The Montgomery County library system, forced to reduce staff, cut back operations and shorten hours this year because of county budget constraints, will get an infusion of funds designed to halt its continued deterioration.

Under a program unveiled yesterday by Montgomery County Executive Charles W. Gilchrist, the county will try to maintain the level of existing services and replenish the system's book collection over a three-year period while adding a security system, stabilizing staffing and service hours and preparing for technological improvements.

Gilchrist said he will add $500,000 to the new $1.1 million library budget request for books, recordings and other items and authorize reallocation of already-available funds for an additional $242,0000 for books for the heavily-used Gaithersburg library. He also said he will seek $208,000 for a system designed to prevent book thefts. Thefts cost the library system about $107,000 a year.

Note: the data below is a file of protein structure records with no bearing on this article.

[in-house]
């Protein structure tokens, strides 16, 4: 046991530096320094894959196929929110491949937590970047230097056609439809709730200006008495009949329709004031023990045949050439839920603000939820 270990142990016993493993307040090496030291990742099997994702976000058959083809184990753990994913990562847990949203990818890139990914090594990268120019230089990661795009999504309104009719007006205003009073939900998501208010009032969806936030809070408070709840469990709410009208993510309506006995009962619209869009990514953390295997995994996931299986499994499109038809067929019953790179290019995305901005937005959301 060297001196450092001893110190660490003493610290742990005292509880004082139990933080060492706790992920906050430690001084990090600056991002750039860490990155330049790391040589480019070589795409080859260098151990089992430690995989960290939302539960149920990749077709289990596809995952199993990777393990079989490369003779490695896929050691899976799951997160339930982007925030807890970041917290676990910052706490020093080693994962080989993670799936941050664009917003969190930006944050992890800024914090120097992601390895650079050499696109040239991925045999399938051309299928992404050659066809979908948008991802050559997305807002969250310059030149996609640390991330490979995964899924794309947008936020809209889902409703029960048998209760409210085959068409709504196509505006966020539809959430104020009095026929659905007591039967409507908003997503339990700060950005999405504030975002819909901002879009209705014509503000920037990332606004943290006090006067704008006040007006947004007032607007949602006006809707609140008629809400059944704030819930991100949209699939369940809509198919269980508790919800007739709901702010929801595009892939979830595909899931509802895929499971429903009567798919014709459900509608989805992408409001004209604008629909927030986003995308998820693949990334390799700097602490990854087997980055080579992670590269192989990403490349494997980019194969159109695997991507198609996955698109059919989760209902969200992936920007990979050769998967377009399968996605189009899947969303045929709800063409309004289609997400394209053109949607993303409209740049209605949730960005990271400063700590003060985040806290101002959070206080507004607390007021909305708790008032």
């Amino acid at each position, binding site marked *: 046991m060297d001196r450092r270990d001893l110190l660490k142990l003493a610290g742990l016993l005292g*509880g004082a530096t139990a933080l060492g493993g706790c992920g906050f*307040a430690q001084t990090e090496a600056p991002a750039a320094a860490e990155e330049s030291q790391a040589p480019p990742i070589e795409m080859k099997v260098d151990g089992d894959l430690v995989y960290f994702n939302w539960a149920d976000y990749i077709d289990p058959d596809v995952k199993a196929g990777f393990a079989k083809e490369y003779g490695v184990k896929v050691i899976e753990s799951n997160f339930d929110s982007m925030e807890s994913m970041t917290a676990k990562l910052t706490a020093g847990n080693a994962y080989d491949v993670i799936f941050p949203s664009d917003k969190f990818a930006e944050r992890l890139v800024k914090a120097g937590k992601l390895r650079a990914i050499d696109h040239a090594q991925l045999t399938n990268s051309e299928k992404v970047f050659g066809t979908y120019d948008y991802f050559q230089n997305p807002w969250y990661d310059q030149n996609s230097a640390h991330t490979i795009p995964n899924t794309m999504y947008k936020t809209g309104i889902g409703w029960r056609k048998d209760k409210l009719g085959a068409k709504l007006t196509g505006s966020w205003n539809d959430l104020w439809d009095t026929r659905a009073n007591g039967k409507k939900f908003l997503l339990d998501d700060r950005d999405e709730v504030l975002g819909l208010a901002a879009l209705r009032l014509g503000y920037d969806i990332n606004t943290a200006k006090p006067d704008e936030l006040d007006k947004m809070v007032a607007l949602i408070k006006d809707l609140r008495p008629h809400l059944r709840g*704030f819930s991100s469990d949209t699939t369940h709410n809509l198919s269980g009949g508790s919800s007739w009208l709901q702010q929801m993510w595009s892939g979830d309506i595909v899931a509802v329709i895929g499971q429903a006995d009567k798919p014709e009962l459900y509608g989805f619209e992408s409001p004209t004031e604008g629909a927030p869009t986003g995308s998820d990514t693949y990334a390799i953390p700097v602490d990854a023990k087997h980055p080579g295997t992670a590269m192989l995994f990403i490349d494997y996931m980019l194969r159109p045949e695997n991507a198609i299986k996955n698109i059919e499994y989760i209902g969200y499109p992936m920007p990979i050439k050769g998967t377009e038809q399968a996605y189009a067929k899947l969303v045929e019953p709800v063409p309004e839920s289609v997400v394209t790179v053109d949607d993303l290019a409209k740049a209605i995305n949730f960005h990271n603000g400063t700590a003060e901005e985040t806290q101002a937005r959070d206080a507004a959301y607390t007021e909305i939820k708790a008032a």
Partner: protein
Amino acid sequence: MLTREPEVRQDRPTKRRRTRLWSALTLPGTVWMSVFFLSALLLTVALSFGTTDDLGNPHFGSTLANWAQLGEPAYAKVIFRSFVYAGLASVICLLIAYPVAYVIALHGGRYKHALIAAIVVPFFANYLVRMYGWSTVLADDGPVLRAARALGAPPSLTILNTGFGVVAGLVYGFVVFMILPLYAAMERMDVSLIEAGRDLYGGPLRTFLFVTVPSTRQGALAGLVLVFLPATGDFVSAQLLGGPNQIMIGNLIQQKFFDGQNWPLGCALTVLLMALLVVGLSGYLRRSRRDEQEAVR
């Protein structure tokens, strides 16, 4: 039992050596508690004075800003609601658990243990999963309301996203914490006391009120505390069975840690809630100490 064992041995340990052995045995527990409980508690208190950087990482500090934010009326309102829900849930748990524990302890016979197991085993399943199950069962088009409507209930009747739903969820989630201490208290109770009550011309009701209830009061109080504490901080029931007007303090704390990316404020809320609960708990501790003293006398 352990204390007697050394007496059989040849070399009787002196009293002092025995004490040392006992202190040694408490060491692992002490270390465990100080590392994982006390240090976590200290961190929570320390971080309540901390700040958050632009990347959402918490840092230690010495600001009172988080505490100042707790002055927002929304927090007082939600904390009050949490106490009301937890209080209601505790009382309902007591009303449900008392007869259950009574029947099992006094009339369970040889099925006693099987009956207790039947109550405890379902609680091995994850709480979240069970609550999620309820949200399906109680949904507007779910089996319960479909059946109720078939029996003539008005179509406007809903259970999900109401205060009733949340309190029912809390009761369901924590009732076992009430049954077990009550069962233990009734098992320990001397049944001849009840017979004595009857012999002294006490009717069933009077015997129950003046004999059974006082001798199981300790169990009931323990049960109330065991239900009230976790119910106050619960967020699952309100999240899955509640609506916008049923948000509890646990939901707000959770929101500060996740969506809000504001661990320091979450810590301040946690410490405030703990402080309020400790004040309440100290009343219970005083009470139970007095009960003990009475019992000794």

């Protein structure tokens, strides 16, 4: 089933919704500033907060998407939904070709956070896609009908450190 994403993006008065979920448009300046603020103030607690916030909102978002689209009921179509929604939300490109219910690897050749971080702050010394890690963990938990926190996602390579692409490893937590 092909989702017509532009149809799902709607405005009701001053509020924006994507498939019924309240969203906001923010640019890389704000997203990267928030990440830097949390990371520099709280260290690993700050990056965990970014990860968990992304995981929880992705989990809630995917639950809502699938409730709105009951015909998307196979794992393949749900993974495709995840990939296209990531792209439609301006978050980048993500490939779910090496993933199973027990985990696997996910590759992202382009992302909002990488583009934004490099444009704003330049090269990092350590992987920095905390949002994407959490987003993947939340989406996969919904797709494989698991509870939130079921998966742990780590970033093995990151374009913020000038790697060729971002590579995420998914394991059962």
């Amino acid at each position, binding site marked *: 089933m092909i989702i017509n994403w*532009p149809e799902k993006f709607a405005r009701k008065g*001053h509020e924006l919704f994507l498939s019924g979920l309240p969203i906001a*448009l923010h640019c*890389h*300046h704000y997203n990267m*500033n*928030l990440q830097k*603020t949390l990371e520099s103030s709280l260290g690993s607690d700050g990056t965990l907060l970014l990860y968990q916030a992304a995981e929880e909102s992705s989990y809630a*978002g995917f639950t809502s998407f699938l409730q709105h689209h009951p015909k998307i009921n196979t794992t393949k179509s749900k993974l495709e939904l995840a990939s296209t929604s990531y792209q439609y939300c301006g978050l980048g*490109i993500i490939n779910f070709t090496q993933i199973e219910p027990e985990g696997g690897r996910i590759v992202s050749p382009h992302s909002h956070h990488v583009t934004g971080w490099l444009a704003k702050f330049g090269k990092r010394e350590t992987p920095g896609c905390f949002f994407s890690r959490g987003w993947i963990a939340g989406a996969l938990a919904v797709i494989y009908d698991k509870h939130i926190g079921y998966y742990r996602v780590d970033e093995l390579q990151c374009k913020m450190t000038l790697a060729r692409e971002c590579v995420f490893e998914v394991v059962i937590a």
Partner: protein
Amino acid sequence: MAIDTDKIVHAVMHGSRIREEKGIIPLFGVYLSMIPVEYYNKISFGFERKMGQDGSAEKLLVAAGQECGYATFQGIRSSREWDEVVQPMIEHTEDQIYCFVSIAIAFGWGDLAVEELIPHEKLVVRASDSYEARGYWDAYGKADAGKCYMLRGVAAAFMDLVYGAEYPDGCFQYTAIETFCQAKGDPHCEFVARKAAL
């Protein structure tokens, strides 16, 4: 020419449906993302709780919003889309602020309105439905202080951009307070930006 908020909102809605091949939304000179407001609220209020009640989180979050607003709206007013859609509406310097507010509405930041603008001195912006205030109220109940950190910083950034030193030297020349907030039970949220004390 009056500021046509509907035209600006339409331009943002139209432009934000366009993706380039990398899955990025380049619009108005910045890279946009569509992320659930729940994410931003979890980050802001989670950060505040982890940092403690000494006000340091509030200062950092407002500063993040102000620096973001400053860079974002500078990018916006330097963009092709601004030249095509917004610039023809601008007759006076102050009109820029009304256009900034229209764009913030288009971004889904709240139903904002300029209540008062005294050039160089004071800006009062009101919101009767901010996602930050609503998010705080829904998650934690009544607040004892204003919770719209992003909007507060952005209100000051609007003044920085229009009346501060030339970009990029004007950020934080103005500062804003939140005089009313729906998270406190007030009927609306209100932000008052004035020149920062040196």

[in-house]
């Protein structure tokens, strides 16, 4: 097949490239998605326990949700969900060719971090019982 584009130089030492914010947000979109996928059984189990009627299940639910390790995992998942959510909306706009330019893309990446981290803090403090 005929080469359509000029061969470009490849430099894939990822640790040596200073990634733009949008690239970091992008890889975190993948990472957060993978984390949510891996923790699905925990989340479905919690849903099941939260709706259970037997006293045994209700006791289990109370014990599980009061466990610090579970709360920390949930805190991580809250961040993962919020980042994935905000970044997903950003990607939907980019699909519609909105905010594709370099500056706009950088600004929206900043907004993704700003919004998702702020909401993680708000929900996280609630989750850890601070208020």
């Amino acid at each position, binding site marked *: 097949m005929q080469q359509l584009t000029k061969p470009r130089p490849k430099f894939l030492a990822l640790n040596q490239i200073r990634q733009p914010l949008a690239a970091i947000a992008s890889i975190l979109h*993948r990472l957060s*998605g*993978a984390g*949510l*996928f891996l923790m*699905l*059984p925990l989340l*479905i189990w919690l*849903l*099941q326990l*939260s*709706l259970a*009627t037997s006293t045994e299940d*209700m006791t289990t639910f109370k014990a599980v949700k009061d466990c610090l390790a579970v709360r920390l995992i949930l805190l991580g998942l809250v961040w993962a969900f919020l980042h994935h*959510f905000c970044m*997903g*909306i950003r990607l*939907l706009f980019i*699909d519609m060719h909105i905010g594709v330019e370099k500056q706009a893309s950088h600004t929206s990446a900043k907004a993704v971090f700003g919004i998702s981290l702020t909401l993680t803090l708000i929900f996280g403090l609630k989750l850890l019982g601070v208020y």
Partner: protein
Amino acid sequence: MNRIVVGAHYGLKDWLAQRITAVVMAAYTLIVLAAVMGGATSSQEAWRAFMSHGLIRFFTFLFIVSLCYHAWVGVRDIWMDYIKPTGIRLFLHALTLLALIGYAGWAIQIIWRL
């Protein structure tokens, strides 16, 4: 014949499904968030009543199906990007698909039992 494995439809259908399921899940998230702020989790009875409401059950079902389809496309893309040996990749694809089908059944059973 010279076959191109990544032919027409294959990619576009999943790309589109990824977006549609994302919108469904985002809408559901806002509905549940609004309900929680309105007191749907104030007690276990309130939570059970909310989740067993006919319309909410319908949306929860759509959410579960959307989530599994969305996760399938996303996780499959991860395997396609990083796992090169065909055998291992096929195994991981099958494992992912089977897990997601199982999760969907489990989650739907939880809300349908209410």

Although the library department's budget share for the current fiscal year rose by 12 percent to $10 million, the cost of running two new libraries, salary increases and inflation took up most of the increase.

Earlier this year, many of the county's 19 libraries began staying closed two mornings a week to save money, and waiting lists for popular new novels were outstripping availability. Only 45 percent of the people who enter a county library find what they are looking for, compared with a figure recommended by the state of 70 percent.

Gilchrist said that the plans will not reverse past policies, but will represent an effort to maintain as high a level of services as possible. The executive has no plans to increase library hours, for example, but to maintain current hours and service.